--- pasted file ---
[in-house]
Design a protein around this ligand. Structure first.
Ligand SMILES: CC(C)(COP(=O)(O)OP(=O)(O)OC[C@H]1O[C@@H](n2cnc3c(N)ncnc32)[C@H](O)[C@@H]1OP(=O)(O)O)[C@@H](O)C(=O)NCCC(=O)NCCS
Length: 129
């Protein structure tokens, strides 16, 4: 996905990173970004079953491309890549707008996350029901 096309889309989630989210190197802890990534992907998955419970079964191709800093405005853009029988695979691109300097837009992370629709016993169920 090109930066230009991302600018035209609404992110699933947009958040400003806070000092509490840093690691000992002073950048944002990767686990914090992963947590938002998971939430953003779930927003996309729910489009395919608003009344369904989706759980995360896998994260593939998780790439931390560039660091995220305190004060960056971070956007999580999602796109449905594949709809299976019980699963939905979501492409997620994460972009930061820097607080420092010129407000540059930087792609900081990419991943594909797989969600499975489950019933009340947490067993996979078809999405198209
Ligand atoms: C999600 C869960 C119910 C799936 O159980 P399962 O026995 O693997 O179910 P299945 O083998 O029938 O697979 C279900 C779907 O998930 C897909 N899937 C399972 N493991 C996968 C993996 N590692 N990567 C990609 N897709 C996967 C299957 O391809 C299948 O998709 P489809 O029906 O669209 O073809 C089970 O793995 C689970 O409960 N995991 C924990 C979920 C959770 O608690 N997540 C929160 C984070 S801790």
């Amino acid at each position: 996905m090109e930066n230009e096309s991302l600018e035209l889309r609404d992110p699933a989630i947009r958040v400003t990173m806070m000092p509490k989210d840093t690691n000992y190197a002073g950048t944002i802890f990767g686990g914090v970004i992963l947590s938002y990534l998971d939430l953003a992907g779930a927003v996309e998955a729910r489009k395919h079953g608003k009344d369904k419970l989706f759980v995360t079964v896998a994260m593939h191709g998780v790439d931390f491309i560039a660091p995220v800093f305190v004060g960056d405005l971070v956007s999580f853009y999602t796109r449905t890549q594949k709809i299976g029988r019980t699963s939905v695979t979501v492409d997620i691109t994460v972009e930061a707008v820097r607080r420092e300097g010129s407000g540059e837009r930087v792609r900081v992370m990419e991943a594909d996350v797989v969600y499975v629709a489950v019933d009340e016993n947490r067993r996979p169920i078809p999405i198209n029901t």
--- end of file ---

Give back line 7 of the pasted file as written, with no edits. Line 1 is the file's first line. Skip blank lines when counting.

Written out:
């Amino acid at each position: 996905m090109e930066n230009e096309s991302l600018e035209l889309r609404d992110p699933a989630i947009r958040v400003t990173m806070m000092p509490k989210d840093t690691n000992y190197a002073g950048t944002i802890f990767g686990g914090v970004i992963l947590s938002y990534l998971d939430l953003a992907g779930a927003v996309e998955a729910r489009k395919h079953g608003k009344d369904k419970l989706f759980v995360t079964v896998a994260m593939h191709g998780v790439d931390f491309i560039a660091p995220v800093f305190v004060g960056d405005l971070v956007s999580f853009y999602t796109r449905t890549q594949k709809i299976g029988r019980t699963s939905v695979t979501v492409d997620i691109t994460v972009e930061a707008v820097r607080r420092e300097g010129s407000g540059e837009r930087v792609r900081v992370m990419e991943a594909d996350v797989v969600y499975v629709a489950v019933d009340e016993n947490r067993r996979p169920i078809p999405i198209n029901t």